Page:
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3 Growing Industries in the Environmental Sector

In honor of Earth Day, we wanted to take a look into the recent trends of the environmental sector. To learn about the space, we spoke with John Quirk, Marcum Cronus’ Managing Director focused on the environmental sector.

In our conversation, Quirk highlighted three industries of note: solid waste, recycling, and hazardous and industrial waste. Each sector offers unique opportunities for financial sponsors.

As Quirk explained,

  • strong cash flows make the solid waste industry attractive
  • the number of family-owned businesses makes the recycling industry ripe for consolidation
  • and the high barriers to entry make the hazardous and industrial waste industry appealing

Read the full conversation below:

On Solid Waste Companies:

“There has been a tremendous amount of consolidation of public solid waste companies over the past decade or so. This sector has been of interest to many financial buyers and private equity firms because solid waste companies typically have very stable cash flows with Ebitda margins in the range of 25% for fully integrated firms that collect waste, take it to their own transfer station and dispose of it in their own landfill.”

“Overall, the solid waste companies are doing well. The one area within the industry which has been adversely affected over the past couple of years due to the downturn in the commercial construction industry is firms handling construction and demolition (C&D) waste.”

On Recycling:

“Recycling provides opportunities for private equity investors. For example, a former client of mine was Evergreen Oil in California which re-recycles used motor oil. Motor oil does not get worn out but gets dirty and can be recycled into virgin oil. Evergreen Oil was acquired last year by Clean Harbors, the biggest public hazardous waste company in the U.S.”

“Another one of my former clients was Liberty Tire. The firm focused on recycling used tires into rubber products such as playground surfaces. When they were my client they were principally operating only in North Carolina. We raised capital for them from a private equity firm and today Liberty Tire, according to its website, handles approximately one third of all used ties in the U.S. Before firms like Liberty Tire were able to make recycling tires profitable, the disposal of used tires had become a major problem. Whole tires cannot be disposed of in landfills which is why many used tires were illegally disposed of by leaving them on the side of a road or in the woods.”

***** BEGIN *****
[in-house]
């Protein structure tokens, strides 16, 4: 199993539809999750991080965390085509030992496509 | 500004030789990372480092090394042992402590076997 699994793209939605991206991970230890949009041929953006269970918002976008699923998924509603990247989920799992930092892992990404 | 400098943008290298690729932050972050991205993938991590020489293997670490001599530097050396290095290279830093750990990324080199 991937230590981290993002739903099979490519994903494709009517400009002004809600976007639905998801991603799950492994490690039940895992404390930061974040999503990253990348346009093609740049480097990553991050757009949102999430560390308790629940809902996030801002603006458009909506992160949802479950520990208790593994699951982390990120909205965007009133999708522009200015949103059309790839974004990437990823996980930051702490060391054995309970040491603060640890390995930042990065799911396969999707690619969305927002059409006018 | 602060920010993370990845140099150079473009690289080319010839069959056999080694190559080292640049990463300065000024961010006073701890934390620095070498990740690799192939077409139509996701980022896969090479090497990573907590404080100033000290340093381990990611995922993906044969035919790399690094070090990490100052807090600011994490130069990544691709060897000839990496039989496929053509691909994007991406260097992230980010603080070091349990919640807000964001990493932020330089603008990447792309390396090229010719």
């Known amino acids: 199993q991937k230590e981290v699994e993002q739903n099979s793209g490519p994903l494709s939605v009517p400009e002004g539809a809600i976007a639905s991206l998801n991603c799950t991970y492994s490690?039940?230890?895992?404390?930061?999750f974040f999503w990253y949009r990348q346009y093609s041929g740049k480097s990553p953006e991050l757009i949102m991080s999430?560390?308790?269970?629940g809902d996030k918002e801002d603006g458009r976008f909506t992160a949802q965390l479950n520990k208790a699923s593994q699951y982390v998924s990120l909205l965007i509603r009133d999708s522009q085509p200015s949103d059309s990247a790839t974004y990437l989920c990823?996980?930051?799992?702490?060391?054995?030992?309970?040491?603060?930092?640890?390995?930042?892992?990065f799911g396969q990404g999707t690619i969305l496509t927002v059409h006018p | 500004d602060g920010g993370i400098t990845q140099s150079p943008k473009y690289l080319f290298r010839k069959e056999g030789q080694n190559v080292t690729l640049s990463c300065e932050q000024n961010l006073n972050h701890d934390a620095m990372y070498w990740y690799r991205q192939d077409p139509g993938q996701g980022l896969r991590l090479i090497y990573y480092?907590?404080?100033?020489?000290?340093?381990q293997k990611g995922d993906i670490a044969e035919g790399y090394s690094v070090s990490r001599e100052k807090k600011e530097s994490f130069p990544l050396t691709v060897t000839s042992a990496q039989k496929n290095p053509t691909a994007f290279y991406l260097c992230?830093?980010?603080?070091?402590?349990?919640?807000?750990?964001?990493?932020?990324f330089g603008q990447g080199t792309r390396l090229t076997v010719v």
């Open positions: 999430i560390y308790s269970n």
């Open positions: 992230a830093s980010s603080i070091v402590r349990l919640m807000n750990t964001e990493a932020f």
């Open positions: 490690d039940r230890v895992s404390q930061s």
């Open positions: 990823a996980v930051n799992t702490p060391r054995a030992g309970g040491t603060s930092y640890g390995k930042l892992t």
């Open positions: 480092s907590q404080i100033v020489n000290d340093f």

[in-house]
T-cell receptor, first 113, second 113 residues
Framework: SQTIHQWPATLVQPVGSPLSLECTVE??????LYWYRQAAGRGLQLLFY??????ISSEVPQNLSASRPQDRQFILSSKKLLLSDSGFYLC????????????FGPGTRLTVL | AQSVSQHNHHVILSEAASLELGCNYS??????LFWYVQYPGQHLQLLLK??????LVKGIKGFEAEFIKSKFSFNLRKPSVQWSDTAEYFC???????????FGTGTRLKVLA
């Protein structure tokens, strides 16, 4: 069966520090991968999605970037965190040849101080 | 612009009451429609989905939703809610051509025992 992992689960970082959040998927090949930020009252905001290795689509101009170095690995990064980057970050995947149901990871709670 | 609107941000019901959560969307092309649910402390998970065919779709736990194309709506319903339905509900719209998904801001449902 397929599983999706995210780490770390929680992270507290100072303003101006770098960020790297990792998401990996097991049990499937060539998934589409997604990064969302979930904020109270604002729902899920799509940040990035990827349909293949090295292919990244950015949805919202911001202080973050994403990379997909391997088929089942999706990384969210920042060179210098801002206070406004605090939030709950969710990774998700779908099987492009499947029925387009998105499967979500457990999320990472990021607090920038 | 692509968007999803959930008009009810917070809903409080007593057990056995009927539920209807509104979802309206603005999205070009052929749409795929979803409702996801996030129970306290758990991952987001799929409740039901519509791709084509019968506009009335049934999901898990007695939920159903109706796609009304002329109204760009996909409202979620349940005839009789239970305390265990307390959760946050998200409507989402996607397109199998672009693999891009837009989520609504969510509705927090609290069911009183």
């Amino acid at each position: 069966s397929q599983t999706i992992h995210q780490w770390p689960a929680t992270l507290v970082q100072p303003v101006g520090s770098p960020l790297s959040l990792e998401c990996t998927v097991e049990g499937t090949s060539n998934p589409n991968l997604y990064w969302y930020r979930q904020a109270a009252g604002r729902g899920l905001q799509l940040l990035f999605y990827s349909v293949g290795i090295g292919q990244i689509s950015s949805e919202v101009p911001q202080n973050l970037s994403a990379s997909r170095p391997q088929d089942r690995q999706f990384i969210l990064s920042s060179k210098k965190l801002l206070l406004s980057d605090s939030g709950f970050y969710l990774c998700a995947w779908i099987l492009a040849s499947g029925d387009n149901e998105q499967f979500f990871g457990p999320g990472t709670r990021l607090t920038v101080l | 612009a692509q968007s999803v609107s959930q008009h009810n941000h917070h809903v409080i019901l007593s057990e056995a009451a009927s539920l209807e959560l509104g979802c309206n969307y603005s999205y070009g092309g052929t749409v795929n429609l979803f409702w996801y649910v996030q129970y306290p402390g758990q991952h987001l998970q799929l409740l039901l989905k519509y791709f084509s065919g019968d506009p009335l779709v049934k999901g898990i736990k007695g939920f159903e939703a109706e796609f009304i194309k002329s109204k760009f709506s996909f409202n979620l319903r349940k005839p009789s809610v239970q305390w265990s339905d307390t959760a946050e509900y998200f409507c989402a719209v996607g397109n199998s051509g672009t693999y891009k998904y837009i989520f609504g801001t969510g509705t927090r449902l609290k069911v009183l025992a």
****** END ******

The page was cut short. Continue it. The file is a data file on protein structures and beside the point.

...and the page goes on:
“Recycling presents a number of opportunities for financial buyers since there are a number of smaller family-owned companies that operate recycling facilities. There will be consolidation of a number of these companies as more financial investors move into this space.”

On Hazardous and Industrial Waste:

“An area that I am particularly interested in today as an investment opportunity is the hazardous and industrial waste sector which includes handling of all types of hazardous waste but does not include radioactive waste or medical waste. The hazardous sector includes everything from the transportation of drums containing various chemical/industrial materials, emergency response (e.g. an overturned truck with hazardous materials on a highway), the collection, treatment and disposal of hazardous and industrial materials, vactor/vacuum truck services, lab pack services, tank cleaning, the treatment of hazardous soils, etc.”

“There has been a lot of interest in this space. One of my former clients, DuraTherm, treated soils that were contaminated by petroleum products typically at refineries in Texas where the company was located. We sold DuraTherm to two financial buyers and since then the company has been acquired by Clean Harbors.”

“The hazardous waste M&A area will be quite active in 2014 . I know of three privately owned hazardous waste companies with revenues between approximately $100 million and $350 million that are either on the market for sale today or will be shortly. Private equity firms have owned two of these companies for more than 5 years and are looking for an exit. I believe that there is still a lot of opportunity for growth in this sector.”

“One of the most significant advantages of investing in a hazardous waste company is the very high barriers to entry in this industry. Getting new permits to treat hazardous waste is very expensive and can take 5 years or longer to obtain and in certain parts of the country (e.g., the northeast and California) are almost impossible to obtain. For example, in New Jersey, Pennsylvania and Massachusetts I do not believe there have been any permits issued in the past 15 years for what are called RCRA Part B licensed hazardous waste treatment, storage and disposal (“TSD”) facilities. In addition to treating hazardous waste, a company may have to dispose of the waste at a permitted hazardous waste landfill (there are only about 13 in the whole country) or a hazardous waste incinerator and then send to its customer a certificate of destruction. The amount of paperwork is significant and makes the hazardous waste industry very different from the solid waste industry.”

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